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UniCredit sounding out market over leasing unit -sources

UniCredit sounding out market over leasing unit -sources
UniCredit sounding out market over leasing unit -sources   -   Copyright  Thomson Reuters 2021
By Reuters

By Valentina Za

MILAN – Italy’s No. 2 bank UniCredit has invited expressions of interest from investors for its leasing business to gauge market appetite for the unit as it weighs a potential sale, two people close to the matter said.

One of the sources said UniCredit aimed to gather investors’ valuations for the unit and its portfolio of assets, but no decision on the sale had yet been taken and it may not happen.

A representative for UniCredit declined to comment.

Based on data by industry association Assilea, UniCredit Leasing ranked sixth in Italy in 2020 with 3,833 new contracts signed for 801.7 million euros ($932 million).

The biggest leasing company in Italy in terms of outstanding contracts, according to Assilea, UniCredit Leasing has a market share of around 7%.

The unit, which relies on the group’s branches to distribute its products, has around 10 billion euros in credits on its books, of which around 1 billion euros are non performing – or 0.5 billion euros net of writedowns.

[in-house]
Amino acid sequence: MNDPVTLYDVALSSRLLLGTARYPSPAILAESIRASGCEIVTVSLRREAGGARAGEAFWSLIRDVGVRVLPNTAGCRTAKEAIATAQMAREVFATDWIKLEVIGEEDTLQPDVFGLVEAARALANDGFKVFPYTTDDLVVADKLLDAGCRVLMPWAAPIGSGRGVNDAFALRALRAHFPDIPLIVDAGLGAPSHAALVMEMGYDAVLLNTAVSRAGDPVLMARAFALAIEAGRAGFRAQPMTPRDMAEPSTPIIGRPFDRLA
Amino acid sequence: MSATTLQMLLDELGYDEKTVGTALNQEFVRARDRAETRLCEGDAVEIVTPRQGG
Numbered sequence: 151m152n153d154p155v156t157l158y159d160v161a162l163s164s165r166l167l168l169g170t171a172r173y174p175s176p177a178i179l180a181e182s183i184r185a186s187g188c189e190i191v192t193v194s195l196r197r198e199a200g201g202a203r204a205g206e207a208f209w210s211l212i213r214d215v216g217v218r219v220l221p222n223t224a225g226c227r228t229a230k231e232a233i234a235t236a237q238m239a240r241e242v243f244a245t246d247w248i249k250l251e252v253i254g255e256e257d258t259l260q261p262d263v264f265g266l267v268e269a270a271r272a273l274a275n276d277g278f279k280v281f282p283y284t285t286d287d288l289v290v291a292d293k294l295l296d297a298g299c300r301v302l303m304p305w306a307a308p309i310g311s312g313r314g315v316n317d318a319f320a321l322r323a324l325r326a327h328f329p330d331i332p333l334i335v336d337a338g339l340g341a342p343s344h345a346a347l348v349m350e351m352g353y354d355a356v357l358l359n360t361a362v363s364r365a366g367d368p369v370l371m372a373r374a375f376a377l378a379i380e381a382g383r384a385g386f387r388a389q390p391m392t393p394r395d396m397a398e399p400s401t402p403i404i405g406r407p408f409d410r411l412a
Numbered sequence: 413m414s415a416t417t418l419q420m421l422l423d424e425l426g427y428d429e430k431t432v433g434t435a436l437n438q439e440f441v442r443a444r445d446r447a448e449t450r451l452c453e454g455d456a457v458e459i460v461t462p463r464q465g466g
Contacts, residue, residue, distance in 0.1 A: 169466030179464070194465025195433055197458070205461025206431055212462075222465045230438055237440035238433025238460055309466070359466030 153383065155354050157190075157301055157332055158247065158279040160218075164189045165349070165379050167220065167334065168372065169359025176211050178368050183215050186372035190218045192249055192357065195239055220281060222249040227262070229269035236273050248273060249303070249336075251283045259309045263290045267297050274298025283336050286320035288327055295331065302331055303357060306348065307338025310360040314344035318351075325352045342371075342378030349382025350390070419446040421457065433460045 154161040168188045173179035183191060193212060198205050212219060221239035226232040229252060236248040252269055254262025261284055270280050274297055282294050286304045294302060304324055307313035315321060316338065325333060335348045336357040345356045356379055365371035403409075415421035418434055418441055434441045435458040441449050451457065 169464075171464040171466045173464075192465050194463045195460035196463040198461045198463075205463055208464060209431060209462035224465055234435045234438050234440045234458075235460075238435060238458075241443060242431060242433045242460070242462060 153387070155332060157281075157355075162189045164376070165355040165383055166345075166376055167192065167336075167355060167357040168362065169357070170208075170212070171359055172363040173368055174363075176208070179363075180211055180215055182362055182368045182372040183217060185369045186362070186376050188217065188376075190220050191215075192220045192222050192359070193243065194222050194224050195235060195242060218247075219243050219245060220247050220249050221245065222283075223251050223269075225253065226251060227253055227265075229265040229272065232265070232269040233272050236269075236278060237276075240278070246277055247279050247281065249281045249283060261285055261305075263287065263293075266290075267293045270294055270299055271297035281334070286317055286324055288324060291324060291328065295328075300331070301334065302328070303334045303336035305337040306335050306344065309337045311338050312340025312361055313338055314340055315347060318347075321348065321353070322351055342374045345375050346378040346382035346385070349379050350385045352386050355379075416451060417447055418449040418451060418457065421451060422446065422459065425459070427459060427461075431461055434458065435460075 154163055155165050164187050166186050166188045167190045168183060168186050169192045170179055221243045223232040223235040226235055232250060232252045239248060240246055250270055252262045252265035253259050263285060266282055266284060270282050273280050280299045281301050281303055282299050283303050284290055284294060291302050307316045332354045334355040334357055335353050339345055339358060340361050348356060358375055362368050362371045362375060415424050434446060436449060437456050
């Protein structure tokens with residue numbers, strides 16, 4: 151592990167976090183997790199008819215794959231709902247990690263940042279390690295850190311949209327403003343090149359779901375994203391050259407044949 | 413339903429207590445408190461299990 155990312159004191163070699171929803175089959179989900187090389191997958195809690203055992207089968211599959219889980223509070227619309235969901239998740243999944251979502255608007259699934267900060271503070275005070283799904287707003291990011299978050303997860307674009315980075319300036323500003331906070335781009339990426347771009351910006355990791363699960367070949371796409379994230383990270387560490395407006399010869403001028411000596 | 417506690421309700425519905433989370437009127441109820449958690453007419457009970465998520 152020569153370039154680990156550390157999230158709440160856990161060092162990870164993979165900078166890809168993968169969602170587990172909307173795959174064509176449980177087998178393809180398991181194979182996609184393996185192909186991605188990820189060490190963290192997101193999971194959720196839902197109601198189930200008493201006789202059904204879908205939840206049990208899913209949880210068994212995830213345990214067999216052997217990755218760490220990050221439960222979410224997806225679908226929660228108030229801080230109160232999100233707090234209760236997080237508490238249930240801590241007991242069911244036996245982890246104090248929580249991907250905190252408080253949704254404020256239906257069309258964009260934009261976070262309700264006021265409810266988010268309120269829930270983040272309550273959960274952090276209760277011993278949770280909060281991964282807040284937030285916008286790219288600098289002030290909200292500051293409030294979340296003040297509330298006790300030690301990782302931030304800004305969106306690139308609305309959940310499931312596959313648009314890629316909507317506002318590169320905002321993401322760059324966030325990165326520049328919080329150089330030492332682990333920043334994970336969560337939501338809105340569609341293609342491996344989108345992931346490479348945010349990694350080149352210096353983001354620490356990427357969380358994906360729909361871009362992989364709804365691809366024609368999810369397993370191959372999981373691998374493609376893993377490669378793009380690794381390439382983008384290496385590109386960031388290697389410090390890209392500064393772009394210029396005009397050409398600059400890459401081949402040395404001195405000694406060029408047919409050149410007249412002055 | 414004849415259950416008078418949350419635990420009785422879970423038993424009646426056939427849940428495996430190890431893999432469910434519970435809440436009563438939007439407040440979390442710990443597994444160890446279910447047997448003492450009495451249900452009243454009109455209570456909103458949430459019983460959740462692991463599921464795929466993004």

UniCredit had looked in the past at a possible sale of the leasing business, which reported a profit of around 20 million euros for the first half of 2021.

Analysts estimate between 800 and 900 million euros of UniCredit’s capital could be allocated to the leasing unit, calculating a return on equity of around 5% for the business.

UniCredit is working on a new business plan expected in November under new CEO Andrea Orcel, who took over in April.

The former head of investment banking at UBS, Orcel has pledged to boost revenues and profits after his predecessor focused mainly on cutting risks.

Under previous CEO Jean Pierre Mustier, UniCredit cleaned up its balance sheet and replenished its capital reserves, selling nearly 15 billion euros in assets during the French banker’s four-year tenure.

Progress on the new plan has been held back by protracted talks with Italy’s Treasury to buy “selected parts” of ailing state-owned rival Monte dei Paschi di Siena.